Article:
58. Diversion schemes set up around the country between the police and YOTs have sought, where possible, to deal with children outside of the criminal justice system…Very few children fail to take up this informal support, and those discovered by the assessment process to have additional concerns can be referred to other agencies such as mental health or social care.

Yes, but let’s extend diversion/informal support to include literacy of the highest quality – the sort that makes a young person think education is within reach. 

Finally – in the section on education in custody:

135. Teaching methods throughout the secure estate have not kept pace with changes in our schools. I was surprised to hear reference to children’s learning styles despite clear evidence that such an approach to teaching is neither necessary nor effective. Equally, I have serious concerns about the teaching of reading. Many teachers I have spoken to in custody were not able to describe how reading is taught in their establishment. Children in custody should be taught to read using phonics, and every teacher working in custody must understand how it is taught if they are to play their part.

Yes, but, but… I know I should be thrilled with the recommendation that phonics be the main strategy for teaching reading in custody, but I’m far too aware how misunderstood and/or inflammatory that word is. I also know first-hand how babyish most phonics programmes are for young people who’ve already suffered enough shame in education; it was the whole reason I created That Reading Thing. My fear is that the very word will alienate teachers on the one hand and be off-putting for young people on the other.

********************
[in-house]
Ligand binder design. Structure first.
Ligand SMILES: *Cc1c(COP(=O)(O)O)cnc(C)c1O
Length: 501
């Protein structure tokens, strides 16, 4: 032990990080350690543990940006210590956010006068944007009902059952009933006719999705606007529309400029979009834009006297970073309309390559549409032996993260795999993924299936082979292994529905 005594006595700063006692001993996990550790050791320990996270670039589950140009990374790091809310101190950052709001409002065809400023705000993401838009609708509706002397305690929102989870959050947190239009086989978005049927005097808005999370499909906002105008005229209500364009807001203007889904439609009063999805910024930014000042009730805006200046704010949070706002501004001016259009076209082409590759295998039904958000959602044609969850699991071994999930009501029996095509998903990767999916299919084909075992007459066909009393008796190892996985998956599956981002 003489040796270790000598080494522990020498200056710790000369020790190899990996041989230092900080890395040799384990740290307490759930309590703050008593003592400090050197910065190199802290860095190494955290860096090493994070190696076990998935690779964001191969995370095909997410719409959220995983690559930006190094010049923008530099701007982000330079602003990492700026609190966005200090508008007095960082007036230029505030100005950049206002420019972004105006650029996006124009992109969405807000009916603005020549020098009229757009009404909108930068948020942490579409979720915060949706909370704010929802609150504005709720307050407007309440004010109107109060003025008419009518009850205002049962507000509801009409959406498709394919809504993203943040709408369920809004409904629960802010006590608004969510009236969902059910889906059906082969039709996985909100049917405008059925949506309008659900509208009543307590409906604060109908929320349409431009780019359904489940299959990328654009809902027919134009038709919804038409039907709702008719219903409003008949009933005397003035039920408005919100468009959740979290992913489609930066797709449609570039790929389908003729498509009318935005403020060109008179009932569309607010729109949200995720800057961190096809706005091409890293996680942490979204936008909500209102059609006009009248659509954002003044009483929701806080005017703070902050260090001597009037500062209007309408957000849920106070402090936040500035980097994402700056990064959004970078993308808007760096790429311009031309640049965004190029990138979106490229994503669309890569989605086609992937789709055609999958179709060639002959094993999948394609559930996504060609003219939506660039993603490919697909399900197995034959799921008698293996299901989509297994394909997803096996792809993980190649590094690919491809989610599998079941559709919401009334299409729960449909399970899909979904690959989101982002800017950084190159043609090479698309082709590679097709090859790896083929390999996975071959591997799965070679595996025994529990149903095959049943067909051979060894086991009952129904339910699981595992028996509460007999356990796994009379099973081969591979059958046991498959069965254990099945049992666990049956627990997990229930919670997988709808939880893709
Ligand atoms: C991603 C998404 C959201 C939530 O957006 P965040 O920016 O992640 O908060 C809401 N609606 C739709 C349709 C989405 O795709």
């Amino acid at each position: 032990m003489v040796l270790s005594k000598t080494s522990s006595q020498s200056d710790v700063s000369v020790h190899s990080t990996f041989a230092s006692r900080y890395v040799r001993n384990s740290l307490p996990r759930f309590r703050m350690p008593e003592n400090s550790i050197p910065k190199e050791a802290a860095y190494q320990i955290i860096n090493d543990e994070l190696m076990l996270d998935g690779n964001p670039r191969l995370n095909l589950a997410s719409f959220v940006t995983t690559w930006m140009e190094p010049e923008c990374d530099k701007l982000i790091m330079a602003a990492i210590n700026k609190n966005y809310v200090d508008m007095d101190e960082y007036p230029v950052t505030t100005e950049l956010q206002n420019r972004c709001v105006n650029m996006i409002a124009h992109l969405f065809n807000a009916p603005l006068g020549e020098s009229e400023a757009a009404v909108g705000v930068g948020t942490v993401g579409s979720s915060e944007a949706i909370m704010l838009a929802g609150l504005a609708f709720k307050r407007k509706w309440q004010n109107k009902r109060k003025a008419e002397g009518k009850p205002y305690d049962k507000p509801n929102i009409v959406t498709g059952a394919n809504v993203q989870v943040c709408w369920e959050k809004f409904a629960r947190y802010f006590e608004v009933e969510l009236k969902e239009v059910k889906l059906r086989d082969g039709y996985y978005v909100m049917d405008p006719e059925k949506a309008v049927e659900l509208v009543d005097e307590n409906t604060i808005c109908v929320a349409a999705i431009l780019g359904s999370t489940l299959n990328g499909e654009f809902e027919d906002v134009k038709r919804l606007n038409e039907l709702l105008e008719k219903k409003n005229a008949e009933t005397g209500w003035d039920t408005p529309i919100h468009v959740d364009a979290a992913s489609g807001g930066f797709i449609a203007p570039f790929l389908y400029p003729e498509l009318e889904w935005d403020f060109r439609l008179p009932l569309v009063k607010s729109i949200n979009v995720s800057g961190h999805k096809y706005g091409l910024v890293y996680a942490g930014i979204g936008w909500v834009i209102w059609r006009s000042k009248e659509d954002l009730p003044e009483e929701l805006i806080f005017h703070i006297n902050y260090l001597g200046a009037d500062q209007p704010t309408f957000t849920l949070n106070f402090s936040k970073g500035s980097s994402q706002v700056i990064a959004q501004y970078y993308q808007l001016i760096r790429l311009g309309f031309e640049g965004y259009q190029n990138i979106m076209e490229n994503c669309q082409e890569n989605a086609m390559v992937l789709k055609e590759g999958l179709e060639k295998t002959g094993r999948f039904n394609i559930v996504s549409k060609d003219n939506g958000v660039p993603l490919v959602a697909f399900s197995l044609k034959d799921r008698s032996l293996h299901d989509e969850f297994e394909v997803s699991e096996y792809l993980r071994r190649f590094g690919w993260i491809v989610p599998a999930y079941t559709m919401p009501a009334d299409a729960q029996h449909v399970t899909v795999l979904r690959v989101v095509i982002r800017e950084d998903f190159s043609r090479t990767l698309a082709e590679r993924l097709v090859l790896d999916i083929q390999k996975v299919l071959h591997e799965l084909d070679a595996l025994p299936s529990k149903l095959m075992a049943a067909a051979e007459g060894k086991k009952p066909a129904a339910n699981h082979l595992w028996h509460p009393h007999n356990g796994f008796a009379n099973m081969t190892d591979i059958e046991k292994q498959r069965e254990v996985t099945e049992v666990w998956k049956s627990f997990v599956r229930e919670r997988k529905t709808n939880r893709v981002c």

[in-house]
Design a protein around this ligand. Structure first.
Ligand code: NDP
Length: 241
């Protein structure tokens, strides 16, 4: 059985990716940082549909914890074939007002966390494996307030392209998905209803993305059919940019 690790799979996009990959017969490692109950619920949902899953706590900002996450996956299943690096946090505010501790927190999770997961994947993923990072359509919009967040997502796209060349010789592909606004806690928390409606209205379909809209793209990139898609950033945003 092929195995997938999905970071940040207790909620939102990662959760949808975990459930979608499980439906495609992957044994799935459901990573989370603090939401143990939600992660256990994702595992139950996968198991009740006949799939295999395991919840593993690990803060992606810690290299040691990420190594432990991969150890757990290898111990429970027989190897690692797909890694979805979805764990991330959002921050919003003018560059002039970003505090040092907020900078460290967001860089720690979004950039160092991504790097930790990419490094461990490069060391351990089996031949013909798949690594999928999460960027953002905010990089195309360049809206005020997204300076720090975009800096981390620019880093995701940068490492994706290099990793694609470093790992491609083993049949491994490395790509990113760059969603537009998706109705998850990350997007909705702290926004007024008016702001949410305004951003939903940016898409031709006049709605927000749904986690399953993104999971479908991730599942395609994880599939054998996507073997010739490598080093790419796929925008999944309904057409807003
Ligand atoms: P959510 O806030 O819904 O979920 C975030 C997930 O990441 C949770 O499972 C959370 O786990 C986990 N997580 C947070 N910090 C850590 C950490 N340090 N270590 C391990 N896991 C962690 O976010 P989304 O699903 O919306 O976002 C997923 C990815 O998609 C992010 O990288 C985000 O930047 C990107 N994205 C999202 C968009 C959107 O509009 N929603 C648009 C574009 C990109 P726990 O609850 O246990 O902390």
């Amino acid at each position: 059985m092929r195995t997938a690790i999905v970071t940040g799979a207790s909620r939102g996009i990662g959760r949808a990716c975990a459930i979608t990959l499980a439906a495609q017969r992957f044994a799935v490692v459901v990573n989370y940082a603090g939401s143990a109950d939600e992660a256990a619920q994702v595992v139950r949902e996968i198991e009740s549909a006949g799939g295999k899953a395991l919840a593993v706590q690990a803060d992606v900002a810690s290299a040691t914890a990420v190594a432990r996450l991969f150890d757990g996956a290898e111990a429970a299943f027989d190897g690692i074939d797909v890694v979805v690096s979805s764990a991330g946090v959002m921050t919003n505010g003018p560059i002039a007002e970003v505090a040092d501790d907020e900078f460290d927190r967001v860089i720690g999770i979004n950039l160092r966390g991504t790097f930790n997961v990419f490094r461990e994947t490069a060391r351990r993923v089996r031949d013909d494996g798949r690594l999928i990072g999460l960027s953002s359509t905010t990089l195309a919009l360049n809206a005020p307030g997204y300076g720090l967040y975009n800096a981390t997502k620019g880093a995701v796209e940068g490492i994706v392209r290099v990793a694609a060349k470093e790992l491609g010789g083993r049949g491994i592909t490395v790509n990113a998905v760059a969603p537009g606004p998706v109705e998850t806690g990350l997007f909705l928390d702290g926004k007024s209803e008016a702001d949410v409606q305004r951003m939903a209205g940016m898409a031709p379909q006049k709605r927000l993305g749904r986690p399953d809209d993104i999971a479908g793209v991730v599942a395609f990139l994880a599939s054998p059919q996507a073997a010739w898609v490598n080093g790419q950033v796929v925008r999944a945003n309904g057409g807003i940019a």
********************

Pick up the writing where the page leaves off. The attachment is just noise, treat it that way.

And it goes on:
So the but here is that any literacy programme for youth justice needs answer yes (no ‘but’) to the following criteria:

  • Is it completely age appropriate – not just in appearance, but in structure and content.
    • Does it get them reading and spelling long words in the first 30 minutes?
    • Does it go beyond high frequency words so young people have strategies for reading anything at all?
    • Does it take into account that most young people will already have their own bank of sight words?
    • Does it take them into a world of adult vocabulary from the outset?
    • Does it allow for reading real age-appropriate and interesting text?
  • Does it take into account previous experience of learning to read – and especially previous failure to do so?

    • Does it have the equivalent of The Deal? (You never have to know anything we haven’t learned together.)
    • Does it give control of the lesson materials and pace to the young person?
    • Does it ban “teaching phonics” in favour of facilitating discovery of how the language works for reading and spelling.

Conclusion?

Yes to greater focus on education, but allow them to be gaining confidence in reading and spelling before the higher educational expectations kick in.

Yes to diversion, but be willing to include literacy. Be creative about how that happens and who delivers it.

Yes to phonics, but make sure it respects the dignity of the learner and mitigates past educational failure.